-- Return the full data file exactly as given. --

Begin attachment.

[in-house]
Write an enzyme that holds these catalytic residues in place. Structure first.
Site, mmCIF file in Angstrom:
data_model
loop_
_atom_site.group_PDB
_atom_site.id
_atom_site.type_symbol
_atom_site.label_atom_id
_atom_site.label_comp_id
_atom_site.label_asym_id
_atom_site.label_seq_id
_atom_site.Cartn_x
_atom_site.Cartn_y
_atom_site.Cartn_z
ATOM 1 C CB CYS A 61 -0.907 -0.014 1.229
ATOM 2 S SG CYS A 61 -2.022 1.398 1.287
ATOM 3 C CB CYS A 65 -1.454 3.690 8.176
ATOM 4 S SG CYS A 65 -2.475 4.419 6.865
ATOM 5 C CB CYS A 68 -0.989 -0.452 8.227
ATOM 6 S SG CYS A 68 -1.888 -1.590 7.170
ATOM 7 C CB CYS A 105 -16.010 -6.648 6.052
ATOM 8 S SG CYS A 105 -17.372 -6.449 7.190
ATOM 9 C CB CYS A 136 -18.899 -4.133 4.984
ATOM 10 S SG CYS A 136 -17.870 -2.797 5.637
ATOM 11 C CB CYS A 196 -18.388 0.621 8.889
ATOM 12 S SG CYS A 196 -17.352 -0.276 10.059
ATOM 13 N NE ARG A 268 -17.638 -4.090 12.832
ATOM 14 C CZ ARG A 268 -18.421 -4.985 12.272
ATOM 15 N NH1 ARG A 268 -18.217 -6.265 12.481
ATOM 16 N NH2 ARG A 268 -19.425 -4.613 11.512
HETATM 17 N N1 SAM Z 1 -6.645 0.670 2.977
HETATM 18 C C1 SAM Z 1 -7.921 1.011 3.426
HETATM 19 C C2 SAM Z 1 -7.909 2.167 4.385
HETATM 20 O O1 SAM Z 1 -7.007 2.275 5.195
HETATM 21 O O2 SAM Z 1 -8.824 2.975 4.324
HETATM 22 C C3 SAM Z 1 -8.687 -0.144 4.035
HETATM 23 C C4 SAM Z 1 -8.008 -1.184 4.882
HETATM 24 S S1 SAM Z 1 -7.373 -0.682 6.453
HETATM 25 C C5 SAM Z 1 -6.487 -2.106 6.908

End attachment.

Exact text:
[in-house]
Write an enzyme that holds these catalytic residues in place. Structure first.
Site, mmCIF file in Angstrom:
data_model
loop_
_atom_site.group_PDB
_atom_site.id
_atom_site.type_symbol
_atom_site.label_atom_id
_atom_site.label_comp_id
_atom_site.label_asym_id
_atom_site.label_seq_id
_atom_site.Cartn_x
_atom_site.Cartn_y
_atom_site.Cartn_z
ATOM 1 C CB CYS A 61 -0.907 -0.014 1.229
ATOM 2 S SG CYS A 61 -2.022 1.398 1.287
ATOM 3 C CB CYS A 65 -1.454 3.690 8.176
ATOM 4 S SG CYS A 65 -2.475 4.419 6.865
ATOM 5 C CB CYS A 68 -0.989 -0.452 8.227
ATOM 6 S SG CYS A 68 -1.888 -1.590 7.170
ATOM 7 C CB CYS A 105 -16.010 -6.648 6.052
ATOM 8 S SG CYS A 105 -17.372 -6.449 7.190
ATOM 9 C CB CYS A 136 -18.899 -4.133 4.984
ATOM 10 S SG CYS A 136 -17.870 -2.797 5.637
ATOM 11 C CB CYS A 196 -18.388 0.621 8.889
ATOM 12 S SG CYS A 196 -17.352 -0.276 10.059
ATOM 13 N NE ARG A 268 -17.638 -4.090 12.832
ATOM 14 C CZ ARG A 268 -18.421 -4.985 12.272
ATOM 15 N NH1 ARG A 268 -18.217 -6.265 12.481
ATOM 16 N NH2 ARG A 268 -19.425 -4.613 11.512
HETATM 17 N N1 SAM Z 1 -6.645 0.670 2.977
HETATM 18 C C1 SAM Z 1 -7.921 1.011 3.426
HETATM 19 C C2 SAM Z 1 -7.909 2.167 4.385
HETATM 20 O O1 SAM Z 1 -7.007 2.275 5.195
HETATM 21 O O2 SAM Z 1 -8.824 2.975 4.324
HETATM 22 C C3 SAM Z 1 -8.687 -0.144 4.035
HETATM 23 C C4 SAM Z 1 -8.008 -1.184 4.882
HETATM 24 S S1 SAM Z 1 -7.373 -0.682 6.453
HETATM 25 C C5 SAM Z 1 -6.487 -2.106 6.908